Hawaiian Islands

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Hawaiian Islands

 

(also known as the Sandwich Islands), an archipelago in the central Pacific Ocean (18°50′-28°15′ N lat., 154°40′-178°15′ E long.). The largest archipelago in Polynesia; it consists of 24 islands extending more than 3,600 km from west northwest to east southeast. The major islands are Hawaii, Maui, Molokai, Oahu, Kauai, Niihau, Lanai, and Kahoolawe, all of which are mountainous; the other islands are small and low-lying. There are atolls in the northwest. The Hawaiian Islands are located over an underwater mountain range and are the highest active volcanoes on earth. The extinct volcano Mauna Kea (4,205 m) is the highest point on the islands. There is still volcanic activity on the island of Hawaii.

The climate of the Hawaiian Islands is maritime tropical. Average monthly temperatures range from 18° C in February to 25° C in August, and there is snow on the high mountain peaks in winter. The northeast trade winds bring precipitation that falls primarily on the windward slopes of the mountains. The annual precipitation on the high mountainous islands is from 3,500-4,000 mm to 12,500 mm (on Kauai, one of the wettest areas in the world). Surface drainage is poor because the precipitation is absorbed by the lava; there is a river network only on the largest islands.

The flora and fauna of the islands are distinguished by their high endemism and the unusualness of the species composition. About 90 percent of the plant species are endemic. Tropical rain forest covers the windward slopes from elevations of 600-700 m to 1,600-1,700 m. Low-growing mountain forest continues up to 3,000 m, and shrubs and ferns cover higher elevations. There are savannas and sparse growths of trees on the dry southwestern slopes. Sugarcane, pineapple, banana, and other tropical crop plantations occupy the coastal lowlands and the lower mountain slopes. The timber-line has been lowered as a result of the clearing of the forests for coffee plantations. The fauna belongs to the Hawaiian subregion of the Australian zoogeographic region.

L. A. MIKHAILOVA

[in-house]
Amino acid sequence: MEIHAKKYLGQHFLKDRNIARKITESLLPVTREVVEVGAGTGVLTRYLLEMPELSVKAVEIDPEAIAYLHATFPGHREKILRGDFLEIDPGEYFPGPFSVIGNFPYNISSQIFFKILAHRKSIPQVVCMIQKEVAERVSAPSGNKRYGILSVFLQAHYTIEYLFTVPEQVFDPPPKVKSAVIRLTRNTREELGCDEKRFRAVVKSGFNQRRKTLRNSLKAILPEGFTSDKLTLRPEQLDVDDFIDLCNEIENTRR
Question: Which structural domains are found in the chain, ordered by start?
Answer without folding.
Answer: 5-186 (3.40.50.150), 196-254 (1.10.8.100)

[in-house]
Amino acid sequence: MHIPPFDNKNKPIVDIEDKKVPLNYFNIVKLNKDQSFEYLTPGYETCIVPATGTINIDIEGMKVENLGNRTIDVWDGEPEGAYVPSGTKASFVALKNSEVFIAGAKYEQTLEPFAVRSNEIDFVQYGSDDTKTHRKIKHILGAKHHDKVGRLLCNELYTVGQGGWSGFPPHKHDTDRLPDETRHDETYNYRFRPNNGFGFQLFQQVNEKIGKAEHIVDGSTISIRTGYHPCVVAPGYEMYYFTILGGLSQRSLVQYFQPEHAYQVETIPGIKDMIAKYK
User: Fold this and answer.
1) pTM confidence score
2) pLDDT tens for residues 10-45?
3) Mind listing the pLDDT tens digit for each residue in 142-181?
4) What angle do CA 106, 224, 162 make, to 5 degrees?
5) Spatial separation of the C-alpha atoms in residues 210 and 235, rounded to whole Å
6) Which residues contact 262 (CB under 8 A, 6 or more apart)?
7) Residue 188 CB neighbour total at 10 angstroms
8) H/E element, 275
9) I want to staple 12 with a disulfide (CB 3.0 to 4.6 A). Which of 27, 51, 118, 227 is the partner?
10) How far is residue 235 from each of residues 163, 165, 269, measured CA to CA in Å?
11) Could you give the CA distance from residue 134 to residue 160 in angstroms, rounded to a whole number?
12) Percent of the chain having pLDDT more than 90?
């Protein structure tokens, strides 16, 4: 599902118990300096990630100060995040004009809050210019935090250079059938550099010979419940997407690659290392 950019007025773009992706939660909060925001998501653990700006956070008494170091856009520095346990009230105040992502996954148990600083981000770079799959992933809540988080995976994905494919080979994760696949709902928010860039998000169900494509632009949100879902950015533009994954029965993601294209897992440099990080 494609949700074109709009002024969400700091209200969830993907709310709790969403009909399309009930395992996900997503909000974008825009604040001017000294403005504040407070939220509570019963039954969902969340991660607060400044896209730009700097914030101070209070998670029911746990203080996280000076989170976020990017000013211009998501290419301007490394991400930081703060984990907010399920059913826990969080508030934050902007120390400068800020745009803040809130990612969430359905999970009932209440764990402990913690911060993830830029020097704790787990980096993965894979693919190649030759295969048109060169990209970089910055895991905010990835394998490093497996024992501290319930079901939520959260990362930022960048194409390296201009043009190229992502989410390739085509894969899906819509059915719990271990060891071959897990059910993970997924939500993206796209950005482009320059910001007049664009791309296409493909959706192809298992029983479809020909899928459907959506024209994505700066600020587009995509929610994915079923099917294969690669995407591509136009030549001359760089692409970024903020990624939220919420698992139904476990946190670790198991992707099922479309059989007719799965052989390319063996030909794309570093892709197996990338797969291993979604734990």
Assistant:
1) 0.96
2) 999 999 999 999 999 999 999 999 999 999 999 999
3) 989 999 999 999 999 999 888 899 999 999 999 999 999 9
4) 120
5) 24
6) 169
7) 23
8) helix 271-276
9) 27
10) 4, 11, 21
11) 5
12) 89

References in periodicals archive ?
The September-October maximum spawning condition coincident with rise in coastal catch rates October-November could result from a return to the islands of the Hawaiian archipelago alter a nonspawning interval offshore.
When the ships of European explorers arrived in the Hawaiian archipelago in the late-18th century, an all too familiar set of social and cultural transformations, changes common for many colonized indigenous peoples, were set into motion.
Biology and management of deepwater snappers of the Hawaiian archipelago.
It occupies the two northern inhabited islands of the Hawaiian Archipelago and has a population of approximately 68,000.
Using the reefs and island societies as a model social-ecological system, a team of scientists reconstructed 700 years of human-environment interactions in two different regions of the Hawaiian archipelago to identify the key factors that contributed to degradation or recovery of coral reefs.
From Iow sandy coral islets to high rainforests, the 11 National Wildlife Refuges in the Hawaiian archipelago support more than 55 threatened and endangered animal and plant species.
The squid Euprymna scolopes, a denizen of the shallow waters surrounding the Hawaiian archipelago, provides a shining example-literally-of symbiosis in action.
marginatus in the NWHI and indicated that the highest catch rates ranged from depths of 55-73 m in the southeastern portion of the NWHI to 19-54 m in the northwestern portion of the Hawaiian Archipelago (Uchida and Tagami, 1984).
Known as Hawaiian picture-wings, these insects are part of the intensely studied Drosophilidae family, which is found throughout the main islands of the Hawaiian archipelago.
More than 60 percent of the United States' coral reef ecosystems are located in the Hawaiian archipelago.
To give a sense of the expected wave, Clague points out the tiny island of Lanai on a nearby map of the Hawaiian archipelago.
Hawaiian commercial fisheries will include the areas fished by the distant water fleets originating from Hawaii even if outside of the 200-mile Exclusive Economic Zone (EEZ) surrounding the Hawaiian Archipelago.

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